}
      }
    }
  }

  // Use this block to link Gradle to your CMake or ndk-build script.
  externalNativeBuild {
    cmake {...}
    // or ndkBuild {...}
  }
}

Include prebuilt native libraries

If you want Gradle to package prebuilt native libraries with your APK, modify the default source set configuration to include the directory of your prebuilt .so files, as shown below. Keep in mind, you don't need to do this to include artifacts of CMake build scripts that you link to Gradle.

android {
    ...
    sourceSets {
        main {
            jniLibs.srcDirs 'imported-lib/src/', 'more-imported-libs/src/'
        }
    }
}

Specify ABIs

By default, Gradle builds your native library into separate .so files for the ABIs the NDK supports and packages them all into your APK. If you want Gradle to build and package only certain ABI configurations of your native libraries, you can specify them with the ndk.abiFilters flag in your module-level build.gradle file, as shown below:

android {
  ...
  defaultConfig {
    ...
    externalNativeBuild {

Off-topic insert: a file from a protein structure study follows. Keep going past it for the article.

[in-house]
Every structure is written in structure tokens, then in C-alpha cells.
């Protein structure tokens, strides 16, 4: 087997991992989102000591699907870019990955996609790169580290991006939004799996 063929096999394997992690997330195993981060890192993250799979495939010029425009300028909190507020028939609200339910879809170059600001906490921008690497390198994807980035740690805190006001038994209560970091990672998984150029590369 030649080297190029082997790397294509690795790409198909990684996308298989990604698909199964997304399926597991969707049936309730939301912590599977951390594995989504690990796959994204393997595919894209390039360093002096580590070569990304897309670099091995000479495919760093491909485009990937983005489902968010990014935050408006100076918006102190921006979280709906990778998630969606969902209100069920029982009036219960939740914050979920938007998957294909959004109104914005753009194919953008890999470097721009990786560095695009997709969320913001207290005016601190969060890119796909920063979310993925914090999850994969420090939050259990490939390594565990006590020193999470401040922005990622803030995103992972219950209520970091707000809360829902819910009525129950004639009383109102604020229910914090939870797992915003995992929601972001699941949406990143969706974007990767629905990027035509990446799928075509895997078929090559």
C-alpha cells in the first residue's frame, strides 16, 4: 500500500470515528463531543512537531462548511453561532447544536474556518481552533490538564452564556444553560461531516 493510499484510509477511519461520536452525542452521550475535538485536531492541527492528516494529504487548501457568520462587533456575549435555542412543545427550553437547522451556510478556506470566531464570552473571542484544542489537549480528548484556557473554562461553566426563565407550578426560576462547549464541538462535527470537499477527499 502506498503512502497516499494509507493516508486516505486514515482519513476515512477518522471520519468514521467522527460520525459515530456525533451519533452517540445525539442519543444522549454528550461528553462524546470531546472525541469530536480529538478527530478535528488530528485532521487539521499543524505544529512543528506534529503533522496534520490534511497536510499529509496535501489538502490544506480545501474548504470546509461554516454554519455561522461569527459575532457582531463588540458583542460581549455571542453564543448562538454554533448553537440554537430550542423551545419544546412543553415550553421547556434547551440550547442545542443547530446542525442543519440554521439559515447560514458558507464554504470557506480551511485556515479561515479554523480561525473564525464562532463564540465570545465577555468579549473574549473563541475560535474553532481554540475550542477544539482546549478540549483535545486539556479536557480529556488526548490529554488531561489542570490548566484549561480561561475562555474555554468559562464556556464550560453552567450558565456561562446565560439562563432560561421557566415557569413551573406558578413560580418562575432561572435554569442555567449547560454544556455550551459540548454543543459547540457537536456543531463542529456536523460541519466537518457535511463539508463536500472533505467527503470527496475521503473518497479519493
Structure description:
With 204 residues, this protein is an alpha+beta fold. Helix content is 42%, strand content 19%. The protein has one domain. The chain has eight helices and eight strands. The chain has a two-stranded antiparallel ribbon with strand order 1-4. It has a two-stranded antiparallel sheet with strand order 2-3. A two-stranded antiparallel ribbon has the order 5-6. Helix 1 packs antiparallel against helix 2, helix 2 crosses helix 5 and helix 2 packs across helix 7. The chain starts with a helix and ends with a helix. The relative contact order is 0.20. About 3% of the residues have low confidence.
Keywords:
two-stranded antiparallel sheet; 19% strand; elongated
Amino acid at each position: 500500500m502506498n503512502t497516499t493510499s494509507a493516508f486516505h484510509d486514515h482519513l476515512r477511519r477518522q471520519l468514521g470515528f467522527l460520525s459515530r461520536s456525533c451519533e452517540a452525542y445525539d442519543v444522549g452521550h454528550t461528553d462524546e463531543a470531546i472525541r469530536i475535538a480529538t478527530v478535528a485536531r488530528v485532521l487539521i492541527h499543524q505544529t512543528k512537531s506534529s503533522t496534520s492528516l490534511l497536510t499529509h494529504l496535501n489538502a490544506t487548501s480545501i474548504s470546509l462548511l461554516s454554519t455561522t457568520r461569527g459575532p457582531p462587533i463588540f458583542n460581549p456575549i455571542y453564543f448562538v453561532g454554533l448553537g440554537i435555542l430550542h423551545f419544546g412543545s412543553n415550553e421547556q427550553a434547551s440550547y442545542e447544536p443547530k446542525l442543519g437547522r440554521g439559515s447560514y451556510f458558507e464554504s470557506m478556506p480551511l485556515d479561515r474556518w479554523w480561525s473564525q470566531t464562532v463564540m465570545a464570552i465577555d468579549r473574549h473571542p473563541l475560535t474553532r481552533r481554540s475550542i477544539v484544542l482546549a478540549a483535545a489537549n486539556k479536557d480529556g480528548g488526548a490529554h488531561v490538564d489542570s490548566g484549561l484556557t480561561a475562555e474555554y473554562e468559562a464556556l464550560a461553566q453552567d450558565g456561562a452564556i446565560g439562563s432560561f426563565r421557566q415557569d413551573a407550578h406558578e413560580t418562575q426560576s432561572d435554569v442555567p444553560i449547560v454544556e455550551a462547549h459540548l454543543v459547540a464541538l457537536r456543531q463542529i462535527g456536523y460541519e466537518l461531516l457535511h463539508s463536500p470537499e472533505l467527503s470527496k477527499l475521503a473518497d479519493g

cmake {...}
      // or ndkBuild {...}
    }

    // Similar to other properties in the defaultConfig block,
    // you can configure the ndk block for each product flavor
    // in your build configuration.
    ndk {
      // Specifies the ABI configurations of your native
      // libraries Gradle should build and package with your APK.
      abiFilters 'x86', 'x86_64', 'armeabi', 'armeabi-v7a',
                   'arm64-v8a'
    }
  }
  buildTypes {...}
  externalNativeBuild {...}
}

Configure build variants, How can I package different *.so files for different Build flavors? Posted by: admin May 21, 2018 Leave a comment. Questions: I have some pre-build *.so files for  To build and run (or debug) any of the multiple flavors, Click the Build Variants tab, or select Build – Select Build Variant, and select the desired variant. Flavor specific code files While